This year marks the 17th year that the Survey of Connecticut Businesses has been published, providing an in-depth look at the current state of business and an important glimpse into what the future holds for the state.
The survey, conducted in part by Pete Gioia, measures business performance over the last year and forecasts what the state and U.S. economies may experience over the next 12 months. It provides in-depth discussion of factors driving growth and those stalling it, and also looks at hiring, investment trends, and the impact of federal tax and trade policies.
As it turns out, business leaders and owners have a lot at stake in the upcoming elections. The race to replace Governor Dannel Malloy has been intense, and all eyes will be watching to see who succeeds him. Critical positions like Lieutenant Governor, State Treasurer and Attorney General are also up for grabs along with all 187 seats in the general assembly.
They survey reported only 5% of business leaders approve of the state legislatures handling of the economy and job creation. 71% of businesses reported that the state of the economy will have a greater impact on their votes this year than it has in years past, in part fueled by the sentiment that local legislators did not understand the needs of business.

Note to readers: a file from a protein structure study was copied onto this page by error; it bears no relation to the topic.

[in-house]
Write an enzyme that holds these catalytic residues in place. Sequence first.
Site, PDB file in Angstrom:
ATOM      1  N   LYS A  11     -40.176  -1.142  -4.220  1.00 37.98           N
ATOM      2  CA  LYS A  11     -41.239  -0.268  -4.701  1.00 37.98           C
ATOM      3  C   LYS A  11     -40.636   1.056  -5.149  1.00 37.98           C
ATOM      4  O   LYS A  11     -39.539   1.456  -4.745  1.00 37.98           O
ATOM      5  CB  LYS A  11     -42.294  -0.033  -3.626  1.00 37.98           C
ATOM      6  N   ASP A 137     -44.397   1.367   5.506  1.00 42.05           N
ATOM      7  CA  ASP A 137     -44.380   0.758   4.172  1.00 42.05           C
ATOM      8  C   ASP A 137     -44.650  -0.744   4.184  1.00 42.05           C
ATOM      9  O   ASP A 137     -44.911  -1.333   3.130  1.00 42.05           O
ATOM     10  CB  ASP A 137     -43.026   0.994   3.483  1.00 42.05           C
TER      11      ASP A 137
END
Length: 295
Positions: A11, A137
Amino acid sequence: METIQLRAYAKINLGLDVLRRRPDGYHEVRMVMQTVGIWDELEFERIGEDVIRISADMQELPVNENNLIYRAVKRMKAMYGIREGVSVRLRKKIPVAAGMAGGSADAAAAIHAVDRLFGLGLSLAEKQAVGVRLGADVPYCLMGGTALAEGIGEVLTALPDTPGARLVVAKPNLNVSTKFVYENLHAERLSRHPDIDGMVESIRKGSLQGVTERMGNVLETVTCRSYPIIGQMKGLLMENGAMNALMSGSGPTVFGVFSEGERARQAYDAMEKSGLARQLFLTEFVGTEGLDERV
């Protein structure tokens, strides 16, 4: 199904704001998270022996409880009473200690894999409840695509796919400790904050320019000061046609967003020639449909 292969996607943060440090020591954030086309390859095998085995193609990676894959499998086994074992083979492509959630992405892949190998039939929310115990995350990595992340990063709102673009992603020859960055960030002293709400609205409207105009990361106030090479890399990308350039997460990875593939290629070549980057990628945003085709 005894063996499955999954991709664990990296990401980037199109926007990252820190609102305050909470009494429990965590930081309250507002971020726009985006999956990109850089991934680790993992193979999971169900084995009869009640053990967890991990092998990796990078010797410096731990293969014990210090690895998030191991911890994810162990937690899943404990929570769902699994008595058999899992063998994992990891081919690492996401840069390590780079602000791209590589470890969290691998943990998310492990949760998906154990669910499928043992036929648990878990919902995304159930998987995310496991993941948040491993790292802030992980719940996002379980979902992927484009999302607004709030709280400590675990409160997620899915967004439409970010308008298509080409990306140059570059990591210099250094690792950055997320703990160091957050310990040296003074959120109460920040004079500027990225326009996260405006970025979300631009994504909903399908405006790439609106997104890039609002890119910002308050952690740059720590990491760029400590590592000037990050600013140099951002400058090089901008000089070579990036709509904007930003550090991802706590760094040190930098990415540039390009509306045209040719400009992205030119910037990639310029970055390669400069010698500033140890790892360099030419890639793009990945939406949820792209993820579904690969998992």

A lot. Whether you are a business owner or town official, having a pulse on business performance in your local and regional area is imperative. Additionally, having insight into what this performance and future indicators could mean is critical for economic success. Studies such as the Marcum-CBIA survey of Connecticut Businesses do just that. They provide a real time pulse on the recent performance and plans of business. By gauging attitudes in areas including investment, R&D, and hiring we can see what opportunities for growth may exist.
Through insights into businesses’ perceptions of policy makers decisions, we can better understand what issues are important in an election and gauge how businesses may react to the elections. The survey also provides us a baseline in which to measure the economic landscape in the upcoming year.
These surveys provide a wealth of data for municipal and educational leaders. They show what businesses want in policymakers actions towards business. They talk about expansion and growth or lack thereof. They discuss needs and concerns regarding work force and hiring and what skills are most in-demand. All of this can help municipal and educational leaders in their assessment of economic conditions and their own institutional planning.
–CBIA 2018 Survey of Connecticut Businesses
If you have inquiries regarding this or any other Survey, or would like more information about how a survey could be useful for you, Pete Gioia can be reached via email at firstname.lastname@example.org, or you can follow him on Twitter ( @CTEconomist ).